Marching for Marilyn: Londonderry family will 'Walk to End Alzheimer's'By GRETCHEN M. GROSKY
New Hampshire Union Leader
September 12. 2017 5:54AM
Marilyn Beidleman was only 56 when she was diagnosed with early onset Alzheimer’s disease.
There were memory issues that concerned her husband, Clifford Beidleman. A call from the school where she worked. Eye exams she failed because she could not comprehend such directions as “read Line 2 or 5,” and then the diagnosis, her husband said.
From the time of her diagnosis in 2006 until her death in November 2015, Beidleman cared for his wife in their Londonderry home. He enrolled her in adult day cares, hired caregivers to sit with her while he worked, and at night and on weekend, he took over the caregiving duties. He would carry her upstairs to shower and bathe her and moved their bedroom downstairs into the dining room to make it easier. He brought in hospice.
“I always say she would have done the same thing for me,” Beidleman said.
Beidleman, his three children and their spouses, and his four grandchildren will honor Marilyn’s memory Sept. 23 by participating in the Walk to End Alzheimer’s in Manchester. They’ve named their team “Marilyn’s Marchers.”
“It’s the least we can do for their mother, my wife, and to just show some support and love for this disease that has just robbed so many people of so much,” Beidleman said. “It’s not just our family but millions of people who have been affected and will be affected until we find a cure.”
This is the second year the family is teaming up for the walk. Beidleman said he’s participated in previous walks, sometimes walking with Marilyn. His son Eric Beidleman has run four Boston Marathons as part of the Alzheimer’s Association team.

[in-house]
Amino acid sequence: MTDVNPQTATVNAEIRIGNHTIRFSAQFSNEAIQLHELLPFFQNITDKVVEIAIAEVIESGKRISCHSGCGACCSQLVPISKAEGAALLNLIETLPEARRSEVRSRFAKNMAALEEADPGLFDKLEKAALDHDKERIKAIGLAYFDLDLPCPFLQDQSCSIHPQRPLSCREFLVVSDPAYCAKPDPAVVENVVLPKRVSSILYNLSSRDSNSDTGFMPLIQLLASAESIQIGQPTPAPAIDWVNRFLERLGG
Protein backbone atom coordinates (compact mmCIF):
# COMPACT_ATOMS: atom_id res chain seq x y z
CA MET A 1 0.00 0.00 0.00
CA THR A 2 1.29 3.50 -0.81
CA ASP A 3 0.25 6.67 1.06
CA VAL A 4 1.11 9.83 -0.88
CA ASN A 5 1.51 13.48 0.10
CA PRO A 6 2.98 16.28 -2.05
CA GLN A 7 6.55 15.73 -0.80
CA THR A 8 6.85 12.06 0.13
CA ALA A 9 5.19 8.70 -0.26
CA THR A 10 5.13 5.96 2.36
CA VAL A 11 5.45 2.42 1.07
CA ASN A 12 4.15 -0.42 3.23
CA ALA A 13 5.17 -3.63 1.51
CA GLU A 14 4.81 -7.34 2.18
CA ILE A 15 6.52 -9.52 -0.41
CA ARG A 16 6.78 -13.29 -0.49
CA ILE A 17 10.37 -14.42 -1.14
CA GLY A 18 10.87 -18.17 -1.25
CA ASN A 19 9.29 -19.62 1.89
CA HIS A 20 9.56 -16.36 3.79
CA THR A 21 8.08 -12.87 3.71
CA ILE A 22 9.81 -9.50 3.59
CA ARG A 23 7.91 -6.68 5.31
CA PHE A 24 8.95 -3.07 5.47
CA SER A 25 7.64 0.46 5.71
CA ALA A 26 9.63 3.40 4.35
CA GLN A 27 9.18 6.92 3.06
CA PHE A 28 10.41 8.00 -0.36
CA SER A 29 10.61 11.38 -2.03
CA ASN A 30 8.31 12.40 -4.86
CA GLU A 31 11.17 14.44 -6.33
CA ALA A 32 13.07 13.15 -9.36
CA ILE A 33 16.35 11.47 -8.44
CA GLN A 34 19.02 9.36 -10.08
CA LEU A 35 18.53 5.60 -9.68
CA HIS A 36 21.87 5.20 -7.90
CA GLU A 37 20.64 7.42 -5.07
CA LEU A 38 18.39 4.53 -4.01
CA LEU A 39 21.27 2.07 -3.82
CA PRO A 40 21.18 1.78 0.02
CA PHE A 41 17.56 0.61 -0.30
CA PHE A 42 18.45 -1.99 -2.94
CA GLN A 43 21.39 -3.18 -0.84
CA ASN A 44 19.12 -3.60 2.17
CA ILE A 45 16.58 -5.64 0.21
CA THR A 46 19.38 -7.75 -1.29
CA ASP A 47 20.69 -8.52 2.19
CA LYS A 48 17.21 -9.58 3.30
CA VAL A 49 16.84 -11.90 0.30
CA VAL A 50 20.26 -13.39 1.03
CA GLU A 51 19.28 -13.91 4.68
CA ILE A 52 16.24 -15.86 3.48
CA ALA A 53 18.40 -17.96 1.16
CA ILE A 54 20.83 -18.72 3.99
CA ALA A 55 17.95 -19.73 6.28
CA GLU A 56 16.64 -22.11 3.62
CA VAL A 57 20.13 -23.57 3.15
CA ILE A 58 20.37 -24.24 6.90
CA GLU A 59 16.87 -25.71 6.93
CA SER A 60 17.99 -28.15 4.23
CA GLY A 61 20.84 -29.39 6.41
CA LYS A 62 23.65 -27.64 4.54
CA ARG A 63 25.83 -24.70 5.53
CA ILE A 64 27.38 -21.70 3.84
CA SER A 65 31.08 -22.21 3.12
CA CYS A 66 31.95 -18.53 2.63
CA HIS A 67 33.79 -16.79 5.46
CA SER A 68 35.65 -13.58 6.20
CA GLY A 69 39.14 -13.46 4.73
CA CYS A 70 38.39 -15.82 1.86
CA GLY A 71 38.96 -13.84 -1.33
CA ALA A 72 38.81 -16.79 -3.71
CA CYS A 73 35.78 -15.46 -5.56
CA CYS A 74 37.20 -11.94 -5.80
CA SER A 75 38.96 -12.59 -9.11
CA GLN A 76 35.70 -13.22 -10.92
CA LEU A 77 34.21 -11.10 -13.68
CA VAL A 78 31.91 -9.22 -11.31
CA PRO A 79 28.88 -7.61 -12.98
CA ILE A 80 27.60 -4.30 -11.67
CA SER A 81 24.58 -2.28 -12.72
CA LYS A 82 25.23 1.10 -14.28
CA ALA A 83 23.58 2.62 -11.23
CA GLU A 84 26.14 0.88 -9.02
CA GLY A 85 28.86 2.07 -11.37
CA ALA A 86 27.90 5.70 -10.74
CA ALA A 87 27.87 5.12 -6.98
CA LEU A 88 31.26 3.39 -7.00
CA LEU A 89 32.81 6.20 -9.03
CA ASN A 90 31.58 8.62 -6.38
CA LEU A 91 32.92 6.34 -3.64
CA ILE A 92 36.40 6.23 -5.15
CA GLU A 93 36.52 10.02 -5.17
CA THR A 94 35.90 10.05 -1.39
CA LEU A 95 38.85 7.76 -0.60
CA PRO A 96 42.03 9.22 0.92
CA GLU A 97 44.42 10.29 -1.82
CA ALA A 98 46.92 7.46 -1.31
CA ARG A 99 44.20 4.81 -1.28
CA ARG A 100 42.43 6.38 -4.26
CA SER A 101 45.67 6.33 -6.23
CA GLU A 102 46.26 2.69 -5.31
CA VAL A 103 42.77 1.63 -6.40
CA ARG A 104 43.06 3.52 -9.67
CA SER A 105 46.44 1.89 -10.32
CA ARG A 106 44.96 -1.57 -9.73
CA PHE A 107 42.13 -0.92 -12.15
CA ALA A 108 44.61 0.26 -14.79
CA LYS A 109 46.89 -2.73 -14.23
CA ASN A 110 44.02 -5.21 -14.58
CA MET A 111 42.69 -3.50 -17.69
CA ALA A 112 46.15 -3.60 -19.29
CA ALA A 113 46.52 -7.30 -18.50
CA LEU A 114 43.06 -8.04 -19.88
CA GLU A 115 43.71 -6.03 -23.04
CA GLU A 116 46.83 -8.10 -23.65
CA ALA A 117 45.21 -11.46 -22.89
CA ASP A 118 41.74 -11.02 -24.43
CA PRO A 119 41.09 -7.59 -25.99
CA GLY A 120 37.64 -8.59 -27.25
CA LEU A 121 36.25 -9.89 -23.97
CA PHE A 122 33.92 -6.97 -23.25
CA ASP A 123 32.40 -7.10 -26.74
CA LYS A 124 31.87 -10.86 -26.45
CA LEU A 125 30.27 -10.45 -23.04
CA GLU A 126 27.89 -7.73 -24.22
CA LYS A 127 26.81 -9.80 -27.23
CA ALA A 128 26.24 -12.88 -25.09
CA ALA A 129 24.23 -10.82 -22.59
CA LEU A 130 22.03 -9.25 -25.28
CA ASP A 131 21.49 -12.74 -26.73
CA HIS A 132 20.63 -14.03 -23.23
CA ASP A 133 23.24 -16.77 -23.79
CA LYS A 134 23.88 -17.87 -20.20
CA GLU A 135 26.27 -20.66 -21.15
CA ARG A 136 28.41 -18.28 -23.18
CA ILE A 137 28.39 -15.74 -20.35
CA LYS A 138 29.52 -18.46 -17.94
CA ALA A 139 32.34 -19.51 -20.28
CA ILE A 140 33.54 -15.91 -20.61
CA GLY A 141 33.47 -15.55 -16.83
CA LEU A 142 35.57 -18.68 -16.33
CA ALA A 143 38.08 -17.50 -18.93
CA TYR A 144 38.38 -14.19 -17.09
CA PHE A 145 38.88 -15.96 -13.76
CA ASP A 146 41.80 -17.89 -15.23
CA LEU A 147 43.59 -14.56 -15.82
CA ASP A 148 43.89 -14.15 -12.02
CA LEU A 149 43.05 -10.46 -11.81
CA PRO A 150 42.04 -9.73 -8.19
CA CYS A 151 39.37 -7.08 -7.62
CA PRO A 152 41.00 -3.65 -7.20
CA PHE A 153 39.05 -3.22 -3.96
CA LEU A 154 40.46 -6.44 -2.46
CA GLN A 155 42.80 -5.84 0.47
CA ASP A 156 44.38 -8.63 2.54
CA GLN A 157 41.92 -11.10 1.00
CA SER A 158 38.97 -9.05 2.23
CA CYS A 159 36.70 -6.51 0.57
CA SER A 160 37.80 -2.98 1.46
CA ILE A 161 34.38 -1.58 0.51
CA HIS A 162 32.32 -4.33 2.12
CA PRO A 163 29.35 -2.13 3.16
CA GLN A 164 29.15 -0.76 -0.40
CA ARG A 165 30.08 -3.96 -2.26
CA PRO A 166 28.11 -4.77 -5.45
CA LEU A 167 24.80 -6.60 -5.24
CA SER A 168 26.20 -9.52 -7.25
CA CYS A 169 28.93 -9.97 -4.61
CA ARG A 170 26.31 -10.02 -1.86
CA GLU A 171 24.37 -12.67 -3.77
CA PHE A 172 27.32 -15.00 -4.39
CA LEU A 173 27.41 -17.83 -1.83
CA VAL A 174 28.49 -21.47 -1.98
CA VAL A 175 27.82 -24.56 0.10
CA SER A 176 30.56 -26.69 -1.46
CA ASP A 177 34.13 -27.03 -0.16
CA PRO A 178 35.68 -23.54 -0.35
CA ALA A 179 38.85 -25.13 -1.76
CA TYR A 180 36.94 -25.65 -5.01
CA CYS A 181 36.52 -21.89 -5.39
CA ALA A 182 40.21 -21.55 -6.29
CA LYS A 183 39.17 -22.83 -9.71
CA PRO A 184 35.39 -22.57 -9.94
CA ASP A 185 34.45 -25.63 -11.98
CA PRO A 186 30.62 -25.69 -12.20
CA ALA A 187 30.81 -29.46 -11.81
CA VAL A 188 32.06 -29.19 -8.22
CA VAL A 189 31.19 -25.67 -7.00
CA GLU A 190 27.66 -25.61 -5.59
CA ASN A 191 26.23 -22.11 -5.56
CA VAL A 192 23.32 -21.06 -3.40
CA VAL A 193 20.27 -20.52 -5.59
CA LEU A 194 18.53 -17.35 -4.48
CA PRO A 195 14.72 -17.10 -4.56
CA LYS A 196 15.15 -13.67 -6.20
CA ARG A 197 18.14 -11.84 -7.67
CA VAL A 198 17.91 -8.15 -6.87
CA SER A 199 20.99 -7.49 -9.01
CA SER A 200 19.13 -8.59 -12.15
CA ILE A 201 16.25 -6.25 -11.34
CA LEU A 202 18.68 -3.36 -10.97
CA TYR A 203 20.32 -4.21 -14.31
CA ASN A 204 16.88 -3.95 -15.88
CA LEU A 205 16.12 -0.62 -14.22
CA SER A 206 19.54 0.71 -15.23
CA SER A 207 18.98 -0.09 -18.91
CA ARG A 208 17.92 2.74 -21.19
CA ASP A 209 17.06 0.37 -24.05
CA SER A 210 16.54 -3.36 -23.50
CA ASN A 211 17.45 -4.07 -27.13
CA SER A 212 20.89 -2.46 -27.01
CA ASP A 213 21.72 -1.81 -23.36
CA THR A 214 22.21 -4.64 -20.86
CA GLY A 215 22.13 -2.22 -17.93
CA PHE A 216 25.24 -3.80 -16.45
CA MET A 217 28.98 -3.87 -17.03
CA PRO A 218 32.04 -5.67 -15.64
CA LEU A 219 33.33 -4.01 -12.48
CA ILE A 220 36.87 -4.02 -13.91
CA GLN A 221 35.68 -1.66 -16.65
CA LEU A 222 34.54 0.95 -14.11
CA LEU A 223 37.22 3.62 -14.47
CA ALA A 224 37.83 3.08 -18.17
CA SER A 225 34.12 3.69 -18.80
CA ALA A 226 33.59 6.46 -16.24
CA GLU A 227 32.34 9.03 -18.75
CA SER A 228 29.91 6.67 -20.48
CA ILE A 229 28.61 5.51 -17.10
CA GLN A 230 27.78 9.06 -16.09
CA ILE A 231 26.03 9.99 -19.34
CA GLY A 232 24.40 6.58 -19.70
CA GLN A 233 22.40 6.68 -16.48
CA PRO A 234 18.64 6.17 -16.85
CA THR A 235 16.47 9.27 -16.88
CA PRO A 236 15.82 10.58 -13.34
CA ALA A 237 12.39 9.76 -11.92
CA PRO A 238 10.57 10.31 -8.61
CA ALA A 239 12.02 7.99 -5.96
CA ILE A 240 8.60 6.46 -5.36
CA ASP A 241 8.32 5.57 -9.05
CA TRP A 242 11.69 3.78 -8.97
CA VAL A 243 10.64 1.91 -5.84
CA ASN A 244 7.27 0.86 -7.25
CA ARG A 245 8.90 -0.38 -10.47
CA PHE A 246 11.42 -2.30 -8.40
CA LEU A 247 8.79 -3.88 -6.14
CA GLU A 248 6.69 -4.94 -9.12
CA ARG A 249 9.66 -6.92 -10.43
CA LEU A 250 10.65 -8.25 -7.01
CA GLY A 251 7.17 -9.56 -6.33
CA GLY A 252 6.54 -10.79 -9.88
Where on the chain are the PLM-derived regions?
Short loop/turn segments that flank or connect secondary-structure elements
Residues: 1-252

Earlier this summer, Clifford Beidleman raised $2,000 by riding 33 miles in the Seacoast Ride to End Alzheimer’s.
“I didn’t even have a bike for the event,” he said, adding he opted to rent one.
Paying back the goodness he received as Marilyn’s caregiver is important to Beidleman. He said he never forgets those who helped him care for his wife and always sends them birthday and holiday cards.
“And if they were in the same situation and needed help caring for someone, they all know I would do the same for them,” Beidleman said.
And now Beidleman is volunteering his time to help a woman care for her husband battling Alzheimer’s disease. Beidleman takes the man out for three hours a week to the library or a local senior center where they have lunch or play Bingo. Last week, he took him to a baseball game.
“If I can help, I’ll be a resource for them,” Beidleman said. “It’s a few moments out for him, and it’s something for him to look forward to which is very important for him and for his wife who needs time.”
Beidleman said he is hopeful one day there will be a cure for Alzheimer’s and hopes that day is soon.
“You want to believe an end is in sight, but it’s not soon enough,” Beidleman said. “It’s bankrupting our country and it’s going to cost more and more. The cost is astronomical — not only in dollars and cents, but in lives too.”
To join or donate to Marilyn’s Marchers, visit https://goo.gl/YAbHsw.
Silver Linings is a continuing Union Leader/Sunday news report focusing on the issues of New Hampshire’s aging population and seeking out solutions. Union Leader reporter Gretchen Grosky would like to hear from readers about issues related to aging. She can be reached at email@example.com or (603) 206-7739. See more at www.unionleader.com/aging.